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The Human Body in the Age of CatastropheBrittleness, Integration, Science, and the Great War$
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Stefanos Geroulanos and Todd Meyers

Print publication date: 2018

Print ISBN-13: 9780226556451

Published to Chicago Scholarship Online: January 2019

DOI: 10.7208/chicago/9780226556628.001.0001

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PRINTED FROM CHICAGO SCHOLARSHIP ONLINE (www.chicago.universitypressscholarship.com). (c) Copyright University of Chicago Press, 2021. All Rights Reserved. An individual user may print out a PDF of a single chapter of a monograph in CHSO for personal use.date: 31 July 2021

The Visible and the Invisible: The Rise and Operationalization of Case Studies, 1915−1919

The Visible and the Invisible: The Rise and Operationalization of Case Studies, 1915−1919

Chapter:
(p.78) 3 The Visible and the Invisible: The Rise and Operationalization of Case Studies, 1915−1919
Source:
The Human Body in the Age of Catastrophe
Author(s):

Stefanos Geroulanos

Todd Meyers

Publisher:
University of Chicago Press
DOI:10.7208/chicago/9780226556628.003.0003

This chapter analyzes the “case study” during and after WWI as a narrative, analytical, administrative, and hermeneutic device crucial to the narrativization of war neuroses, neurological damage, and physiological disorder. Case histories, already a psychiatric, criminological, and medical device, proliferated during the war. We offer a historically-informed theory of the case study and its uses, and we focus on studies reported by W.H.R. Rivers, Charles S. Myers, E.E. Southard, René Leriche, and Adhémar Gelb and Kurt Goldstein, because they adopted the case study method in different ways a tool for researchers to understand the effects of uncategorizable war wounds. Case studies thus aided in bureaucratic administration as much as individualized care. Thus, Myers tried to divide patients into straightforward categories despite the great complexity of their individual scenarios. Southard collected thousands of case studies on shock, drawing material from records in Germany, France, England, and the US to aid in the clustering of symptoms and an aggregative organization of disease. Gelb and Goldstein, for their part, began presenting case studies toward the end of the war, emphasizing the individuality of his patients and his focus on practices of interpreting “performances” and caring for “individuals” rather than wounds or types.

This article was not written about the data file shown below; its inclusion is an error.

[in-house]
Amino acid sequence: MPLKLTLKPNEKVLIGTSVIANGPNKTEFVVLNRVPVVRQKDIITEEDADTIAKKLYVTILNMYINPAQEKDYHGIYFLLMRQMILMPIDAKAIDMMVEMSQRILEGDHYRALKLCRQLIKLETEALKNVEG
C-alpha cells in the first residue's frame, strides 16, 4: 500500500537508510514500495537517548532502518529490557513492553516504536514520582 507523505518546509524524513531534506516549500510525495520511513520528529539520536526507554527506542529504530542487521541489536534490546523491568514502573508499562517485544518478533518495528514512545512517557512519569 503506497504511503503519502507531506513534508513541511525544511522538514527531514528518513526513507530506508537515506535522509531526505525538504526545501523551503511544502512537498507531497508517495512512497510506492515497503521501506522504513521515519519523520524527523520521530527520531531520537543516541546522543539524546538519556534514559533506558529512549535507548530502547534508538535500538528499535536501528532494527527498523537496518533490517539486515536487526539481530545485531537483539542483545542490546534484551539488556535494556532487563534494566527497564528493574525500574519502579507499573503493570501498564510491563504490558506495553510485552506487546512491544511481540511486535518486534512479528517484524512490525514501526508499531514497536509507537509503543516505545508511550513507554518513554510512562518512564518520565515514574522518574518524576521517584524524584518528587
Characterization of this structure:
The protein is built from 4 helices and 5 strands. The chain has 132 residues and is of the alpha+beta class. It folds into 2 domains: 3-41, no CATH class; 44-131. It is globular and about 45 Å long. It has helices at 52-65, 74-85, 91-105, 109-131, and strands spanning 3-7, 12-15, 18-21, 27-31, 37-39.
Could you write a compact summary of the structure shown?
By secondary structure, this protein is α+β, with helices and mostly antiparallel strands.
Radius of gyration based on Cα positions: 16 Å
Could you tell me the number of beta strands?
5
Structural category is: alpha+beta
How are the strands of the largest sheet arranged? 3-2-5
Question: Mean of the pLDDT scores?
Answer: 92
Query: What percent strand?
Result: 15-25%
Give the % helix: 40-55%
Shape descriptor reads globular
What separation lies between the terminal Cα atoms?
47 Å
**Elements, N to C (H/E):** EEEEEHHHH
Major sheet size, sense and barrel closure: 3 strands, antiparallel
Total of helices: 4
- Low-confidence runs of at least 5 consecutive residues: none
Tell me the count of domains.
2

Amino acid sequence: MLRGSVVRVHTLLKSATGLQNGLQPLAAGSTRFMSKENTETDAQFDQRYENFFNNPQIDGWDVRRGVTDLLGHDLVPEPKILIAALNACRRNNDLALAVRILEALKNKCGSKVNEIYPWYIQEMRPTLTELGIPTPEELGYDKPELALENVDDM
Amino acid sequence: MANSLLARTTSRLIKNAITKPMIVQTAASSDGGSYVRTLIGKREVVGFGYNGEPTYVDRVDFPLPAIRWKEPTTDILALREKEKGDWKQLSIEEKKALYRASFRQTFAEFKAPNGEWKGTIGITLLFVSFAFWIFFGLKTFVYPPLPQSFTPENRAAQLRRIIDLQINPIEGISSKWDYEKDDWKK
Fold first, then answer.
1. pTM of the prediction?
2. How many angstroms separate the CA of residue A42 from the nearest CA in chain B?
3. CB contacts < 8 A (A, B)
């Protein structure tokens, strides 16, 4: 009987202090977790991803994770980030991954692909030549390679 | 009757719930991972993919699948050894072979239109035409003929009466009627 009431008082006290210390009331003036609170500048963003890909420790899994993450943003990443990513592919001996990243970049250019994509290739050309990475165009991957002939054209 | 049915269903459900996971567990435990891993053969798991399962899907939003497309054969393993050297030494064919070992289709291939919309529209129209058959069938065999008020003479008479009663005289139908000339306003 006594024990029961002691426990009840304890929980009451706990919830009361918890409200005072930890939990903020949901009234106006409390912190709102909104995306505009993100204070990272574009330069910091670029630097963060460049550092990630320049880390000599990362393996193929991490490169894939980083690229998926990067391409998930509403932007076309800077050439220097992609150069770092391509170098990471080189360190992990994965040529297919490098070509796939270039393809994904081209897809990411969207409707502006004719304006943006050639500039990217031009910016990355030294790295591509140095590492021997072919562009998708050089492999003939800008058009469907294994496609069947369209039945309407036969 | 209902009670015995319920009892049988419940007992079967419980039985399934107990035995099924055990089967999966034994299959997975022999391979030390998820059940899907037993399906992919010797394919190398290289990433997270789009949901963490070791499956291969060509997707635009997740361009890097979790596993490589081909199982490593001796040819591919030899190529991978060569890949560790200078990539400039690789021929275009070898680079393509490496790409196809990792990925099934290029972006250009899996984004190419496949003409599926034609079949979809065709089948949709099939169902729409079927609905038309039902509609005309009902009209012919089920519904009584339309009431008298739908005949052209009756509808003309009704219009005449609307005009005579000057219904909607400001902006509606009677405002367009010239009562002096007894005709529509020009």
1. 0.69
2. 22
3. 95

Keywords:   administration, categorization, case history, clinical care, Kurt Goldstein, Arthur Hurst, Charles S. Myers, René Leriche, W. H. R. Rivers, E. E. Southard, psychiatry, rehabilitation, shell shock

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